Katy McGuinness

This means that in spite of the presence of a 'best before' date, the reality is that very many foods will last indefinitely, even if their intensity of flavour diminishes over time. Amongst the things that will never go off are vinegars, sugars, honey and salt, so don't throw them out but do move the oldest products to the front of the cupboard so that you use them before newer ones. The same goes for tinned foods - if the tin is neither bulging nor rusty, and if there is no visible deterioration of the contents or a bad smell when you open it, then they are fine to eat. When it comes to food in glass jars, if the little button at the top is bulging it indicates that there has been bacterial action inside - if it's flat, and there's no visible spoilage, the contents will be fine regardless of the date.

I saw a thread on Twitter recently where people tried to outdo each other in relation to the oldest spices they'd found in their cupboard of shame. Mine was a jar of asafoetida from 2005, and I did throw it in the bin - but it would have been safe to use, just not very potent. Plus, I reckoned, if I had kept an unopened jar of a spice for 15 years, and it had survived a house move during that time, the chances were that I wouldn't be needing asafoetida any time soon.

Dried beans and pulses will last indefinitely too, although they do toughen with time and will take longer to cook. Oils and nuts, on the other hand, can turn rancid - and the best way to tell if they have is by taste. (You can store nuts in the freezer to make them last longer.)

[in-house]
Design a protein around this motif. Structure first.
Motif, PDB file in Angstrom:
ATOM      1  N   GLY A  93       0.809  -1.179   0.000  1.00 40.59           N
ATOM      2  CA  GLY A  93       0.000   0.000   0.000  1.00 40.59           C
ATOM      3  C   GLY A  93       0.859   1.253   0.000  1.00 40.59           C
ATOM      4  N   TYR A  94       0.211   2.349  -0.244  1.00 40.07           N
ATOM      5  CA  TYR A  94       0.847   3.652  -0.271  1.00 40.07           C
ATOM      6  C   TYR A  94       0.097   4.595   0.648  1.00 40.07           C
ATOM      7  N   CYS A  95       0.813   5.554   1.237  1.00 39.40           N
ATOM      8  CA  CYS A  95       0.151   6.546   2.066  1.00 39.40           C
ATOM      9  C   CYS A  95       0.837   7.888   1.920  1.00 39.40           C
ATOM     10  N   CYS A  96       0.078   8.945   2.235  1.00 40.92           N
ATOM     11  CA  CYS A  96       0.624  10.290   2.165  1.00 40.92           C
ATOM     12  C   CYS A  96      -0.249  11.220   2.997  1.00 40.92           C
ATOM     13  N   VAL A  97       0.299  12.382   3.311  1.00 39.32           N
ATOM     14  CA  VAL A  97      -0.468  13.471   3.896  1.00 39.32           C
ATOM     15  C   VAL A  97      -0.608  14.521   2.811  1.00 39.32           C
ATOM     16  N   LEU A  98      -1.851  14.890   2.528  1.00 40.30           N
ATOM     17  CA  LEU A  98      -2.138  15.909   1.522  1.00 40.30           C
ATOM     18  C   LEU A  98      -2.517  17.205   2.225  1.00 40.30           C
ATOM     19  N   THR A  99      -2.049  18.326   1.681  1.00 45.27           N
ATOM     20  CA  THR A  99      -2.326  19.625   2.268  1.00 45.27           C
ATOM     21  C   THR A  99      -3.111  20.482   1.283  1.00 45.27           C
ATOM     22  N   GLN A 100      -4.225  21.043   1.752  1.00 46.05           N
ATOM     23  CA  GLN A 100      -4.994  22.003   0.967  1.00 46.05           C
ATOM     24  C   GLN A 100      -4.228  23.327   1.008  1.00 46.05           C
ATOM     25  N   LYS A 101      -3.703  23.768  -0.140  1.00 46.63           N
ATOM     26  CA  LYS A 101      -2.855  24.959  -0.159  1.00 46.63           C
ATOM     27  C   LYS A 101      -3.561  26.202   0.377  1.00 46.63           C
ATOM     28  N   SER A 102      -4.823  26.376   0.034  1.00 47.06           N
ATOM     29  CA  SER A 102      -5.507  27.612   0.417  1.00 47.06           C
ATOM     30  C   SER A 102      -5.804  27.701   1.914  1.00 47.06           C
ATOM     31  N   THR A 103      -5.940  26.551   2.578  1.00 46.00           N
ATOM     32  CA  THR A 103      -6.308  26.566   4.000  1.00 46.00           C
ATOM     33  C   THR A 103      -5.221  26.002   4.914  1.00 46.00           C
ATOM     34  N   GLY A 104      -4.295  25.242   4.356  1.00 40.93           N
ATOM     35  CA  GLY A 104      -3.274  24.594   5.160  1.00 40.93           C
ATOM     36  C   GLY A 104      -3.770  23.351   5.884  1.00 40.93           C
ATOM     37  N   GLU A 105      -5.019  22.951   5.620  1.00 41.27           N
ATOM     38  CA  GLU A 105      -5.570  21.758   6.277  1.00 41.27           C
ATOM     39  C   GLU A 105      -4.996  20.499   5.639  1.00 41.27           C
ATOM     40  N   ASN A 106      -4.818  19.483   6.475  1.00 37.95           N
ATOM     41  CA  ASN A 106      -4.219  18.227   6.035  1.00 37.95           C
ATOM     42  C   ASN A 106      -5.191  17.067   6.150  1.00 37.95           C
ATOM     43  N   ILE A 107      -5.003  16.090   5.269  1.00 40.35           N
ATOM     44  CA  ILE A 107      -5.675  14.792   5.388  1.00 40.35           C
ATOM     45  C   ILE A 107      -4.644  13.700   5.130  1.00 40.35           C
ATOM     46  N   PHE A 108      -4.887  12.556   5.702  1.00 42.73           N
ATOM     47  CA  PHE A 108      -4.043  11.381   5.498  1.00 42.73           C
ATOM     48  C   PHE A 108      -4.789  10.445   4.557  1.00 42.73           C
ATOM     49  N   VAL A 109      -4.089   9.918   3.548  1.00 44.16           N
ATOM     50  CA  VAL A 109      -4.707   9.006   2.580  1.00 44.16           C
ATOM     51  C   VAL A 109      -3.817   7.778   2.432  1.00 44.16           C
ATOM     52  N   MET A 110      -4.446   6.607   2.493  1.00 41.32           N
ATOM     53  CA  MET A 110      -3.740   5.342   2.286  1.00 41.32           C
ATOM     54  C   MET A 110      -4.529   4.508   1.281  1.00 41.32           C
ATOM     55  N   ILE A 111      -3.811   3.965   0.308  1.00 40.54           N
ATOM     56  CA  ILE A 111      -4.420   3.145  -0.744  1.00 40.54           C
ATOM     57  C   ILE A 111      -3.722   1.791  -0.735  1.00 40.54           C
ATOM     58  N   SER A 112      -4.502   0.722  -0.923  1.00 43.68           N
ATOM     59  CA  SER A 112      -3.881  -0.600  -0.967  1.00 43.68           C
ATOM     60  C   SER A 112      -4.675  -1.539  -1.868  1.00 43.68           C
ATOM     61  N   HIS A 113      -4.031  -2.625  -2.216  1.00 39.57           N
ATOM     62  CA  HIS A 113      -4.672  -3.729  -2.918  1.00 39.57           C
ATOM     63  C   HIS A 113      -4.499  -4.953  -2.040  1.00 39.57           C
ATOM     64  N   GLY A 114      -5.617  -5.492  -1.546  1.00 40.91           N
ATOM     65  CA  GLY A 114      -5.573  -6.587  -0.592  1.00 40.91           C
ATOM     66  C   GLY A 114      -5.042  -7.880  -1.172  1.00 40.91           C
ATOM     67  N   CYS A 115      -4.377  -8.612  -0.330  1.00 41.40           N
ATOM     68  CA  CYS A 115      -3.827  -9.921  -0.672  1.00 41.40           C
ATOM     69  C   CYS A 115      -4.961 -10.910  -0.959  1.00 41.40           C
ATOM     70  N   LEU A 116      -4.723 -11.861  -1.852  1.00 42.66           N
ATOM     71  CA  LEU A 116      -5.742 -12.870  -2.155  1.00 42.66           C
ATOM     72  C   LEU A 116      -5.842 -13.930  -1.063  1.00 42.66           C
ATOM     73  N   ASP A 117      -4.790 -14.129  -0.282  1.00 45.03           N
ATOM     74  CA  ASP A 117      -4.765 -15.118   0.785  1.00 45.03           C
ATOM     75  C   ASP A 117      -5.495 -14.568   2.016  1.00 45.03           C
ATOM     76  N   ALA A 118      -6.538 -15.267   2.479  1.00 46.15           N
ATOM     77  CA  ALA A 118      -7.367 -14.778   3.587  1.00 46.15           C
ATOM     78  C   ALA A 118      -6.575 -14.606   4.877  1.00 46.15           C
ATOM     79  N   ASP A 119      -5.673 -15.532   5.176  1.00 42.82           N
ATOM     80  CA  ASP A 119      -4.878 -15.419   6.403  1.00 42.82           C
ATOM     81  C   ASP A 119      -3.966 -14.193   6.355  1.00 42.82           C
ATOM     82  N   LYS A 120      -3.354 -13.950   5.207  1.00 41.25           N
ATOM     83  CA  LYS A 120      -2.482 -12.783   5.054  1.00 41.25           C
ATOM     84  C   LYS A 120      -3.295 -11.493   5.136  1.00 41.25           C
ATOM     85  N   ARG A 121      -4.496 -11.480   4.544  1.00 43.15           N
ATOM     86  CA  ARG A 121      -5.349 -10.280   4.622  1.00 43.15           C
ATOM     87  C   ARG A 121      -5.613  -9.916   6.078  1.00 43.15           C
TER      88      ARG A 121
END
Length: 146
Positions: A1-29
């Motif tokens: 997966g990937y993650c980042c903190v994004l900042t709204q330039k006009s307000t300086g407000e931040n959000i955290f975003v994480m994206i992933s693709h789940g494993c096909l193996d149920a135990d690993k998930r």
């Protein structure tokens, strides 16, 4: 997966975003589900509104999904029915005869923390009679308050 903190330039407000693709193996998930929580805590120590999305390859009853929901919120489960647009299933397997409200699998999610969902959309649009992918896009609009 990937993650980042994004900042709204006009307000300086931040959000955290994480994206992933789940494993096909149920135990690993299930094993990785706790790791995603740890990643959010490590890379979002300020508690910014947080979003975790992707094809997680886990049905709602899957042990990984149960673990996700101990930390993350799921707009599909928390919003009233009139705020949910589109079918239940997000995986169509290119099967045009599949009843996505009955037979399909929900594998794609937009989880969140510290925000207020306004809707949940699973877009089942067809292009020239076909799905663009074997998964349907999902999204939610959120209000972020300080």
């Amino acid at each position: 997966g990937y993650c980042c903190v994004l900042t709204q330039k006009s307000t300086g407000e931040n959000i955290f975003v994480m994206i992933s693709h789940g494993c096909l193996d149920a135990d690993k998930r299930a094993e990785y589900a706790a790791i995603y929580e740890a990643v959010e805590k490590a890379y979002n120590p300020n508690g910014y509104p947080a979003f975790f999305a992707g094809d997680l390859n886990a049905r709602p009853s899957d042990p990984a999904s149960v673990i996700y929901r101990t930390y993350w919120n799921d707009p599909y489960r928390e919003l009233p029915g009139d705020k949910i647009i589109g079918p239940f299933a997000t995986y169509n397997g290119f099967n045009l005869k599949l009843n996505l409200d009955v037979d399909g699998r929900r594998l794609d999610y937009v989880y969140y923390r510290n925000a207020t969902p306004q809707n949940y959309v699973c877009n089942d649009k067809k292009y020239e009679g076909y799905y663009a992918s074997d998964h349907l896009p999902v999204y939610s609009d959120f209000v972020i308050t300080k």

Perishable food, defined by the FSAI as food 'likely after a short period to constitute an immediate danger to human health', carries a 'use by' date rather than a 'best before' date. The 'use by' is the date up until which a food may be used safely, ie consumed, cooked or processed, once it has been stored correctly. After the 'use by' date a food is deemed unsafe in accordance with article 14(2) of Regulation EC No 178/2002 and cannot be sold. Typically, a 'use by' date is used for fresh, ready-to-eat and chilled foods such as yoghurt, milk, meat, and unpasteurised fruit juices. Eggs are an exception and carry a 'best before' date, although they will be fine to eat for a while longer. When a new batch of eggs arrives into the house, think about baking something with the ones that you have left from the week before.